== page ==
“Syllabus for Freshman Composition (English 01, 1, 2): Second Semester, 1946-47” was written in the fall of 1946 for teachers at Washington State College in Pullman, WA (now Washington State University). English 01 was basic writing, a two-hour, no-credit course for students whose essay on the local placement examination showed major problems in mechanics. English 1 and English 2 were the fall and spring components of the regular first-year writing sequence, required of all students except those exempted from it by the placement examination. The school was on a semester system, and although the committee authors of this teacher handbook indicate there would soon be a shift to the quarter system, it never happened. Some time in the next decade the requirement of two semesters of first-year composition was changed to one semester, in part so that the English faculty could teach a 3/3 load.
Only two authors of these guidelines are known for sure. One was Paul P. Kies, who co-authored with Valeda Brockway and Ella Clark A Writer’s Manual and Workbook (Crofts, various editions, 1933-1964) and A Brief Rhetoric (Lymanhouse, 1939), and who, locally at least, was famous for his collection of autographs. The other known committee member was Albert R. Kitzhaber, one of most influential figures in post-WWII composition studies, author of Education for College: Improving the High School Curriculum (Ronald Press, 1961), Handbook for Basic Composition (Prentice-Hall, 1961), Themes, Theories, and Therapy: Teaching of Writing in College (McGraw-Hill, 1963), Reform in English (NCTE, 1965), plus many books on literature, language, and writing for high-school students, President of the Conference on College Composition and Communication (1959), President of the National Council of Teachers of English (1963). In 1946 Kitzhaber was earning his MA at Washington State after a number of years teaching high school. How much of a hand he had in writing “Syllabus for Freshman Composition” is not known, although some of the pedagogy sounds much like his, such as the opposition to teaching by the modes (which shows up in Rhetoric in American Colleges: 1850-1900, the influential dissertation he wrote at University of Washington in 1953, reprinted by Southern Methodist University Press in 1990. An historical aside: Kitzhaber’s son, John A. Kitzhaber, who became a controversial, conservationist governor of Oregon, was born in Colfax, WA (where Kitzhaber lived while going to WSC) the year after these instructor guidelines were issued.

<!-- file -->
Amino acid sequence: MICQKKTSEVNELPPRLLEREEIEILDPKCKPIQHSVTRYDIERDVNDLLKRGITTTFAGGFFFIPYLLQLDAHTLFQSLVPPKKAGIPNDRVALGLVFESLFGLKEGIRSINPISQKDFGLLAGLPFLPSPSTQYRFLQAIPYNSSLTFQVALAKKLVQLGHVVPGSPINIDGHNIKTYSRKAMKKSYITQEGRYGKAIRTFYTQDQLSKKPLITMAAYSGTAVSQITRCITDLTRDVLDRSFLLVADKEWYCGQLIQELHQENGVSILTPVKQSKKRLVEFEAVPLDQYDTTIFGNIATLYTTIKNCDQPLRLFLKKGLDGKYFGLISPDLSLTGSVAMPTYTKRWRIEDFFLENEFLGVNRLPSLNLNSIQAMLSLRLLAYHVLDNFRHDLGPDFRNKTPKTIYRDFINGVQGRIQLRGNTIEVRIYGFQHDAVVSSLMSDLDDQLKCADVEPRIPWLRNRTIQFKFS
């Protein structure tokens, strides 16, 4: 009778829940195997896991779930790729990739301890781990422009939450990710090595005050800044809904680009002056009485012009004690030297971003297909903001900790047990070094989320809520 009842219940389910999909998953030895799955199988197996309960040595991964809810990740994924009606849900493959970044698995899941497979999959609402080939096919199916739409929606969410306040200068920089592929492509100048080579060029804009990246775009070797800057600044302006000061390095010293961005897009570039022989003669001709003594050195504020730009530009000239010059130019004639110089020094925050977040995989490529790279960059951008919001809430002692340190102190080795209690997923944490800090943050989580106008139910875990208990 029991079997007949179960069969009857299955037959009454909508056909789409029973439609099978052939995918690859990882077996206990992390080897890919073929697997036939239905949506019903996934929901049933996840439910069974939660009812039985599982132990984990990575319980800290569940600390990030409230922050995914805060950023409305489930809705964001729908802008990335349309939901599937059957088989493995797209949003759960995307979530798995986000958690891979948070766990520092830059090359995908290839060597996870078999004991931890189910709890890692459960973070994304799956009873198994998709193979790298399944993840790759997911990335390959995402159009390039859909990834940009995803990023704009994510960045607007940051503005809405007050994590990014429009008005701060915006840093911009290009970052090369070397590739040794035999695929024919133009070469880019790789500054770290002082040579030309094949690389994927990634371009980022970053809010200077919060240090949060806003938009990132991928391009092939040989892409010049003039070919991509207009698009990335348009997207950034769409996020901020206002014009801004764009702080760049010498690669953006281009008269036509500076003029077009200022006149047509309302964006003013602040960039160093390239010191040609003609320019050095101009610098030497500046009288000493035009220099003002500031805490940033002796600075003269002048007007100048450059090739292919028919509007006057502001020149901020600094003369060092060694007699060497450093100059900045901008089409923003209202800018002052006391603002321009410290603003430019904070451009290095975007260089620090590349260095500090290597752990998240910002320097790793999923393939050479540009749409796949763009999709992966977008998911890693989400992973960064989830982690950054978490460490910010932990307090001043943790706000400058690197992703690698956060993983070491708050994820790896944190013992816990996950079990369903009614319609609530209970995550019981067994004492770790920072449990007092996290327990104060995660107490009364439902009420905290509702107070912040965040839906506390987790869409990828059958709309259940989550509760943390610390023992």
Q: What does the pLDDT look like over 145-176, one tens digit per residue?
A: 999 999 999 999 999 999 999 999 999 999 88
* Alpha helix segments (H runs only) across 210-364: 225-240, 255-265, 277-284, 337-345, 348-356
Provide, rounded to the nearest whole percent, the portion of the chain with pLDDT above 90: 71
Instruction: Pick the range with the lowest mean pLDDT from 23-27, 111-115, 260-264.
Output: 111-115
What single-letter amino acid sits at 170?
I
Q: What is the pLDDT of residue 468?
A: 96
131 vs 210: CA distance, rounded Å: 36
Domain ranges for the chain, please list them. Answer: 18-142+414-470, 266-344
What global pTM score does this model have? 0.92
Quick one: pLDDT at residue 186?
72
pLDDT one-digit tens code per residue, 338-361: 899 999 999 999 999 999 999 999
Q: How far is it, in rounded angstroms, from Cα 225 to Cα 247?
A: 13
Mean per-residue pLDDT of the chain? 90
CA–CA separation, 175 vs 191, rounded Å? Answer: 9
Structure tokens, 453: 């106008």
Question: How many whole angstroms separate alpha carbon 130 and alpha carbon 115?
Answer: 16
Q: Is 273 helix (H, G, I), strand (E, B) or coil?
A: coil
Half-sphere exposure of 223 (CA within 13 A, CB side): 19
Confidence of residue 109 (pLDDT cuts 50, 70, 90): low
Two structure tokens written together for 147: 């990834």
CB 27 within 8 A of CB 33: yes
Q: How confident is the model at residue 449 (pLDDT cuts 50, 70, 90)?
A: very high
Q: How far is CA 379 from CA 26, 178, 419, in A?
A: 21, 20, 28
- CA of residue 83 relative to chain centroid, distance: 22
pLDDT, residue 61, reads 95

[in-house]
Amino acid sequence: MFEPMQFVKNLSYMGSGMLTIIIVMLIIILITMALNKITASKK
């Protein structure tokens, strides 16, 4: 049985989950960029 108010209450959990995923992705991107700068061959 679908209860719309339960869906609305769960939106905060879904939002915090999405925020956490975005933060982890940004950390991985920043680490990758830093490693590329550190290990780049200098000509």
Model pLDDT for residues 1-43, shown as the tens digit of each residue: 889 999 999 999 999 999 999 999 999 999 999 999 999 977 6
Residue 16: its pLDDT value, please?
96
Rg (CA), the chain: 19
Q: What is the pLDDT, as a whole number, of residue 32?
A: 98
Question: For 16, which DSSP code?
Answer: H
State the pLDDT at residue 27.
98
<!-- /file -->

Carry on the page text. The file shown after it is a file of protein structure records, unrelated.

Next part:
For composition studies, “Syllabus for Freshman Composition” is of historical interest because it provides such a detailed view of college writing just after WWII. The coverage ranges from pedagogy to classroom practices to daily syllabus. It contains teaching advice that mingles traditional methods, to be expected in 1946, with surprising contemporary methods. On the traditional side: “avoidance of error” as the main objective in basic writing, the ownership of student papers by the teacher, the marking of papers for surface error with only “a few substantive comments,” the brevity of assigned essays (the “long” paper in English 2 was little more than four typed pages), ” the insistence on impromptu, in-class essays, the focus on semantics in English 2, and, stylistically, the unapologetic use of the universal “he.” On the contemporary side: the recommendation of a folder or portfolio system for evaluation, the recommendation of peer-critique groups, the explicit expulsion of fictional literature from the courses (“especially should any consideration of plotting and short-story technique be excluded”), the expulsion of modes or “techniques” (“To present certain facts about the meal-ticket dispute, to answer an argument about slot machines, or to apply ideas about freedom of the press to the college or home-town newspaper, is a more challenging sort of problem than to write a definition or a comparison or an enumeration”), the encouragement of open class discussion, and need to appeal to the student’s motivation to communicate, only through which “composition be made a really stimulating subject.”
This text of ““Syllabus for Freshman Composition” was re-typed from a copy of the poorly mimeographed 24-page original. Format and pagination of the original are strictly retained. Thanks to Sue McLeod for rescuing the copy from periodic cleaning out of department files at Washington State University.
RH, Nov. 2006